Remote Ischemic Conditioning with Novel Optical Sensor Feedback Device for Blood Vessel

Phase-Based Progress Estimates
1
Effectiveness
1
Safety
University of Alberta Hospital, Edmonton, Canada
Blood Vessel+8 More
Remote Ischemic Conditioning with Novel Optical Sensor Feedback Device - Device
Eligibility
18+
All Sexes
What conditions do you have?
Select

Study Summary

Stroke is a leading cause of physical and cognitive disabilities. The most common type of stroke is ischemic (lack of blood flow to the brain due to clot blocking a blood vessel). Many people with stroke (PwS) have changes on the brain imaging called small vessel disease (SVD). This is a condition that affects tiny blood vessels supplying the brain, leading to decreased blood flow in some parts of the brain. These brain changes may hamper the recovery process after stroke, or lead to recurrent stroke and cognitive impairment. SVD is a slow process that can be seen as multiple black spots on computed tomography or white spots on magnetic resonance imaging. Current treatments to reduce the effect of SVD on PwS are to control high blood pressure, high blood sugar, high cholesterol and increase physical activity. However, these approaches do not lead to a reduction in SVD. Remote Ischemic Conditioning is a type of treatment delivered with help of a regular blood pressure machine. This does not involve any drug. A typical treatment involves the application of a blood pressure cuff followed by brief sessions of compressions and relaxation on the arm muscles much akin to blood pressure measurement but for 5 min. It leads to a transient safe state of less blood flow in arm muscles which initiates the release of molecules and signals transmitted by blood. These signals may then go on to improve blood flow in the brain. Recent animal and human studies have suggested that the use of RIC may reduce the SVD load. A new device will be used to deliver remote ischemic conditioning therapy in a better manner. Existing devices generate the same amount of compression for all people. The pressure applied by the machine in the arm may be either more than required or less than required. The ideal compression would be one that achieves a low blood flow state in the arm at the least possible pressure. To achieve this our group is using a small light sensor to inform us. The light sensor is closely applied to the skin over the arm below the blood pressure cuff. It emits light that is absorbed by the skin and the light is then reflected. This is detected by other sensors placed together. From the reflected light the sensor can obtain information about blood flow in the skin. When the pressure increases with help of an automated machine the light sensor can detect that blood flow are reduced and this information is displayed on the computer. The information about skin blood flow will inform about the level of pressure to apply to give accurate treatment. The new device with optical feedback will deliver RIC in PwS and SVD in a safe and reliable manner. A total of 51 patients will take part in this study. Thirty-four will get remote ischemic conditioning therapy and 17 patients will get sham-control therapy. All patients will get standard post-stroke treatment according to the Canadian Stroke Best Practices Recommendation.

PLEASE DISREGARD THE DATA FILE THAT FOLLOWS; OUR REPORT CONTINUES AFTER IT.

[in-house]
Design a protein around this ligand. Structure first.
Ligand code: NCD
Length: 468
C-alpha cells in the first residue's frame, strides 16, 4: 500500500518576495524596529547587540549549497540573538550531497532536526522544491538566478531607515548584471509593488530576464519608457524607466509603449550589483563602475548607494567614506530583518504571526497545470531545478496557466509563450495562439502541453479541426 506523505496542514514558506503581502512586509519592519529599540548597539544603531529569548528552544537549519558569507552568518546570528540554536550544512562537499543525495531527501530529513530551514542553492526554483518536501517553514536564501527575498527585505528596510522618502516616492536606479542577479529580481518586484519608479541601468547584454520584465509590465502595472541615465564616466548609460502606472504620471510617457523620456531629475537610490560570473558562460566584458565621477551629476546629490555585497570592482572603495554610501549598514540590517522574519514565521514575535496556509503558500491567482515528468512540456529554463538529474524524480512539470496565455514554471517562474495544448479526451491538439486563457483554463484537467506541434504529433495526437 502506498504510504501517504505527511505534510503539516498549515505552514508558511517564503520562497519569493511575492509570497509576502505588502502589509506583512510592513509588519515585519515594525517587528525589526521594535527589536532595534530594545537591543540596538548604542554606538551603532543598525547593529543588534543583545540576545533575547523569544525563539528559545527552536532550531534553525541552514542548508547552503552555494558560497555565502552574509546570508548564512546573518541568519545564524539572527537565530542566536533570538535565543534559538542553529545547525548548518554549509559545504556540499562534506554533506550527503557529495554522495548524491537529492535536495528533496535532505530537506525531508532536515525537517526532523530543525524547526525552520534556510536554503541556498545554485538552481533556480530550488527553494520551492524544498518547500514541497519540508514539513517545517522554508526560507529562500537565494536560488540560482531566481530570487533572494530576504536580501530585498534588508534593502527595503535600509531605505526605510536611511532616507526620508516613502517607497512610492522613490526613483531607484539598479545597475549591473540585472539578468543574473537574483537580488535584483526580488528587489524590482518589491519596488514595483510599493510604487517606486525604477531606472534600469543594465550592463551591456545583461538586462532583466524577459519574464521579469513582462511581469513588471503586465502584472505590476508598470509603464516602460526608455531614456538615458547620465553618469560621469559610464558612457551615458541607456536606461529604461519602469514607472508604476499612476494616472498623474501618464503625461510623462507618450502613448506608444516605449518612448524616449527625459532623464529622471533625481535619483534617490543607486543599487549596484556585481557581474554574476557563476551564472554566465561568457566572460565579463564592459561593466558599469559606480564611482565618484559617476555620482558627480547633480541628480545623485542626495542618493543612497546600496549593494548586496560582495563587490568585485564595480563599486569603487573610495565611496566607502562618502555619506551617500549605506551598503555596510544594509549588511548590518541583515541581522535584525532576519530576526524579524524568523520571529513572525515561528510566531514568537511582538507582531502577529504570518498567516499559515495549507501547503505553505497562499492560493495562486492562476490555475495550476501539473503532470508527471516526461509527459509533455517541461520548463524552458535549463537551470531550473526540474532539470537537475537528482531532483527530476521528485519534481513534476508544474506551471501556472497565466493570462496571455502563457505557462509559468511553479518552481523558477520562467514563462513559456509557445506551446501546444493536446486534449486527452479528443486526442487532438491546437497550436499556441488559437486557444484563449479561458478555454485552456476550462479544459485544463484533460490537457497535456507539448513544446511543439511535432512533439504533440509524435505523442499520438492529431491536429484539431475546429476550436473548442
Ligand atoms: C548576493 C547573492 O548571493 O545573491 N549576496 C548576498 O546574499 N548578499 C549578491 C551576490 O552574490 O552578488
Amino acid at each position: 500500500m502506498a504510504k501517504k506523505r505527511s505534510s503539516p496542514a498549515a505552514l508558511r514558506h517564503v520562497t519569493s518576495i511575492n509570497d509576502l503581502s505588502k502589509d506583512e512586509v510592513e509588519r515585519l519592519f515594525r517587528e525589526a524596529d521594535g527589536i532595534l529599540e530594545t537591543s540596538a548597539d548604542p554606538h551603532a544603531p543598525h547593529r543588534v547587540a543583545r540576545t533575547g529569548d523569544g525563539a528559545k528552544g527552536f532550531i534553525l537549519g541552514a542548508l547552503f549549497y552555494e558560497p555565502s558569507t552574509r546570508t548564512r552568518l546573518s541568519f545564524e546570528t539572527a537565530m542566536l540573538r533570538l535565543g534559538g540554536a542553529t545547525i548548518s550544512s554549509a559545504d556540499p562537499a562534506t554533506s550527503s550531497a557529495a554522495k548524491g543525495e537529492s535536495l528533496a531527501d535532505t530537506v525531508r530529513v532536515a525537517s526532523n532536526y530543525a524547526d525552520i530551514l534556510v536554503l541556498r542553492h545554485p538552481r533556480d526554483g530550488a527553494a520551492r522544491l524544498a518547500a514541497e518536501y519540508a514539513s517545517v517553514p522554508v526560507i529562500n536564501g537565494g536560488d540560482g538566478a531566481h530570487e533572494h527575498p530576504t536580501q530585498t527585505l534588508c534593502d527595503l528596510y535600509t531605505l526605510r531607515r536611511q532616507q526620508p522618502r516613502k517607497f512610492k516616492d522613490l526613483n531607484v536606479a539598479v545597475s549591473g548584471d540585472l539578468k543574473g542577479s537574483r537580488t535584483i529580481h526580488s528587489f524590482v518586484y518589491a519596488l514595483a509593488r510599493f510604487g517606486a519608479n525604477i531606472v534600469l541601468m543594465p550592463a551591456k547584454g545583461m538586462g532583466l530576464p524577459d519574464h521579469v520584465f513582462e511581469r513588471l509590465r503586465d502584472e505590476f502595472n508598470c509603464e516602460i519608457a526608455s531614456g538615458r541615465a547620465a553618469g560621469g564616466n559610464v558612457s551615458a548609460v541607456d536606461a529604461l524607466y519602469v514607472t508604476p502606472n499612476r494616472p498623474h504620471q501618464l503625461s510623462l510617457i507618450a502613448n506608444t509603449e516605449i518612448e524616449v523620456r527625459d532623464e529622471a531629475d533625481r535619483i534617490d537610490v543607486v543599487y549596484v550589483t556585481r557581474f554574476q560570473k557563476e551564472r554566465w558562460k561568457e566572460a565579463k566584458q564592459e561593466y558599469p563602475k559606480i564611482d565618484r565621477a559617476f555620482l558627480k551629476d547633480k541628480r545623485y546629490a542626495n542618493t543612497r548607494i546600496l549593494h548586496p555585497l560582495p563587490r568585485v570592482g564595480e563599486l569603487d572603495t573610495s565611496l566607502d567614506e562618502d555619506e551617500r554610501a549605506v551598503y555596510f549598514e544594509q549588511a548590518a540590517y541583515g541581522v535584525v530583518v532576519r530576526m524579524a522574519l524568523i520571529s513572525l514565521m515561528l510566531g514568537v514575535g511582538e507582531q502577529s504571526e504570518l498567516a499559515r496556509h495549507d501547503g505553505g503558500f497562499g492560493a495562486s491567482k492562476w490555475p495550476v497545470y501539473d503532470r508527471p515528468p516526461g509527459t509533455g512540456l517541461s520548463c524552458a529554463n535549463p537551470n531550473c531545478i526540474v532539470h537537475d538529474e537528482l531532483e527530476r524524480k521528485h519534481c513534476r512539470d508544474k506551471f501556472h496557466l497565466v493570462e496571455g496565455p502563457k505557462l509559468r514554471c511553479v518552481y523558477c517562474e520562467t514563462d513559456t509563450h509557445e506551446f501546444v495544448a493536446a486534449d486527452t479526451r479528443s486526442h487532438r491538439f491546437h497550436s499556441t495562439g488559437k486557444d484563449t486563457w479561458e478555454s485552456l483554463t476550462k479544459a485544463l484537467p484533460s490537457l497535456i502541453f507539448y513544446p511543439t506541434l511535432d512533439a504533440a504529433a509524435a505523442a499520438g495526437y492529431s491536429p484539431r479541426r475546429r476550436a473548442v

Eligible Conditions

  • Blood Vessel
  • Cerebrovascular accident

Treatment Effectiveness

Effectiveness Progress

1 of 3

Study Objectives

1 Primary · 2 Secondary · Reporting Duration: at 90 days

at 7 days
Fidelity of the device intervention.
Likert scale
at 90 days
Modified Rankin scale.

Trial Safety

Safety Progress

1 of 3

Trial Design

2 Treatment Groups

Remote Ischemic Conditioning with Novel Optical Sensor Feedback Device
1 of 2
Sham Remote Ischemic Conditioning with Novel Optical Sensor Feedback Device
1 of 2
Experimental Treatment
Non-Treatment Group

51 Total Participants · 2 Treatment Groups

Primary Treatment: Remote Ischemic Conditioning with Novel Optical Sensor Feedback Device · Has Placebo Group · N/A

Remote Ischemic Conditioning with Novel Optical Sensor Feedback Device
Device
Experimental Group · 1 Intervention: Remote Ischemic Conditioning with Novel Optical Sensor Feedback Device · Intervention Types: Device
Sham Remote Ischemic Conditioning with Novel Optical Sensor Feedback Device
Device
ShamComparator Group · 1 Intervention: Sham Remote Ischemic Conditioning with Novel Optical Sensor Feedback Device · Intervention Types: Device

Trial Logistics

Trial Timeline

Approximate Timeline
Screening: ~3 weeks
Treatment: Varies
Reporting: at 90 days
Closest Location: University of Alberta Hospital · Edmonton, Canada
Photo of university of alberta hospital 1Photo of university of alberta hospital 2Photo of university of alberta hospital 3
2009First Recorded Clinical Trial
0 TrialsResearching Blood Vessel
277 CompletedClinical Trials

Who is running the clinical trial?

University of AlbertaLead Sponsor
797 Previous Clinical Trials
368,765 Total Patients Enrolled
Mahesh KatePrincipal InvestigatorUniversity of Alberta

Eligibility Criteria

Age 18+ · All Participants · 5 Total Inclusion Criteria

Mark “yes” if the following statements are true for you:
You have evidence of a brain infarct on CT or MRI.
You have a premorbid mRS score of <2.

About The Reviewer

Michael Gill preview

Michael Gill - B. Sc.

First Published: October 9th, 2021

Last Reviewed: August 12th, 2022

Michael Gill holds a Bachelors of Science in Integrated Science and Mathematics from McMaster University. During his degree he devoted considerable time modeling the pharmacodynamics of promising drug candidates. Since then, he has leveraged this knowledge of the investigational new drug ecosystem to help his father navigate clinical trials for multiple myeloma, an experience which prompted him to co-found Power Life Sciences: a company that helps patients access randomized controlled trials.